It was previously reported that the FBI was seeking records on a $130,000 payment to Stormy Daniels, a woman who depicts sex onscreen for pay. Together with the news about the “Access Hollywood” tape, it seems that, at least partly, the Southern District of New York investigation is focused on payments that may have been made to silence potentially damaging information during the 2016 presidential campaign. That’s where the Federal Elections Campaign Act of 1971 (FECA) comes into play.
In addition to reporting contributions, FECA also requires political campaigns to report expenditures. Thus, the feds may be looking into payments (perhaps as part of a pattern) Cohen made to prevent the disclosure of information that could have negatively affected Trump’s campaign. The legal theory would be that such payments were also “in-kind contributions” that should have been reported under FECA.
Indeed, in January 2018, a complaint was filed with the Federal Elections Commission against Donald J. Trump for President Inc. and The Trump Organization regarding the $130,000 payment to Daniels. While the “Access Hollywood” tape eventually became public, one wonders if there were efforts to pay for its non-release.
There are still a lot of unknowns, and it’s unclear at this time if a crime was committed. The added layer, however, is what, if anything, Trump knew about any such alleged efforts to pay “hush money” during the 2016 election. Several days ago, the president said he knew nothing about the $130,000 payment to Daniels. With the seizure of Cohen’s computers and files, the feds now potentially have in their possession communications between Cohen and Trump.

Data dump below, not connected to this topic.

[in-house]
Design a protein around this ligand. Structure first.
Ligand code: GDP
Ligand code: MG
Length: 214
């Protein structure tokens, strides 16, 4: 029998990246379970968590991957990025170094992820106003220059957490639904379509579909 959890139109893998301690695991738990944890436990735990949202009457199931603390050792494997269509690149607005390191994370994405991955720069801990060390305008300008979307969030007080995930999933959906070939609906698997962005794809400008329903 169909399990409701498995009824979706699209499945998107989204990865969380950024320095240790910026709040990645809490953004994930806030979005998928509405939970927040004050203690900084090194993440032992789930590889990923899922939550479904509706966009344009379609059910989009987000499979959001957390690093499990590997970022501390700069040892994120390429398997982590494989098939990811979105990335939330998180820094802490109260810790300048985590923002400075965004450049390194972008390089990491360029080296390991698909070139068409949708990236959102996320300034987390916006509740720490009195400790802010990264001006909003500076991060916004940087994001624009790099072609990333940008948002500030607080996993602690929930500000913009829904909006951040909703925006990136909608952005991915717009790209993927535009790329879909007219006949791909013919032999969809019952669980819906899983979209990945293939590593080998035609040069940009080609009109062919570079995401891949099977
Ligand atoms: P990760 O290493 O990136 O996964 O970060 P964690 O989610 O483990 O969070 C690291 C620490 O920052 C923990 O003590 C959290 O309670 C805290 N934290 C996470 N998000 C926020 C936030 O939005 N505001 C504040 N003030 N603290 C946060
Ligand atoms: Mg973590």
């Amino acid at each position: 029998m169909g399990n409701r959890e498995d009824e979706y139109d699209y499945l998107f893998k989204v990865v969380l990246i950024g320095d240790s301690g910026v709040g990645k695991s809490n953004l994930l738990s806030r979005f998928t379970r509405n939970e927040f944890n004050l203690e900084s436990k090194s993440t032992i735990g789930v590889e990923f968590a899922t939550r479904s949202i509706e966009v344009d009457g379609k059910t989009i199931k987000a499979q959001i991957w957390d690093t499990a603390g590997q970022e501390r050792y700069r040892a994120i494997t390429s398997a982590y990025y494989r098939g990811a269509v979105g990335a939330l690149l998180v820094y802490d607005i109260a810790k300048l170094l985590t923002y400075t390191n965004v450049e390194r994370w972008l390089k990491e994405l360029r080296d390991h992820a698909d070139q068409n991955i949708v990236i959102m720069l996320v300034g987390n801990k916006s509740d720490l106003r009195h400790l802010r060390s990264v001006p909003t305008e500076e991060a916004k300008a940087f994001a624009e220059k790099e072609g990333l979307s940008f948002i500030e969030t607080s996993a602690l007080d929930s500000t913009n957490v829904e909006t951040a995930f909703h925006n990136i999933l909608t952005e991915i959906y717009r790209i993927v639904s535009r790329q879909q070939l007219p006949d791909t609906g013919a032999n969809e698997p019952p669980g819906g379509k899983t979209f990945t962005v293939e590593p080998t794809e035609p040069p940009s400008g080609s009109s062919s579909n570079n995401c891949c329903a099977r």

Now, you might be screaming, “What about attorney-client privilege? How can the feds just look at communications between Trump and his lawyer?”
I previously wrote about the “taint team” that reviews potentially privileged materials in these kinds of law enforcement raids. While ordinarily they will separate privileged materials that the prosecuting attorneys never see, they will also likely have a separate category of materials that may be exempt from privilege under the “crime-fraud exception.”
Essentially, privilege is moot for communications between an attorney and a client that are used to further a crime. Simply talking about a crime isn’t enough, though. The communications themselves must be “in furtherance” of a crime. Needless to say, if there are indictments, expect a lot of litigation over this issue.
One final thought. If this really is all about failure to disclosure payments that may fit the definition of in-kind contributions, this long-time criminal defense lawyer wonders if the SDNY and FBI’s actions were entirely appropriate. A raid on an attorney’s office is not a common occurrence. While undoubtedly a subpoena would have met claims of privilege, this is looking more and more like a fishing expedition.
Forget Russia. The drama is much closer to home.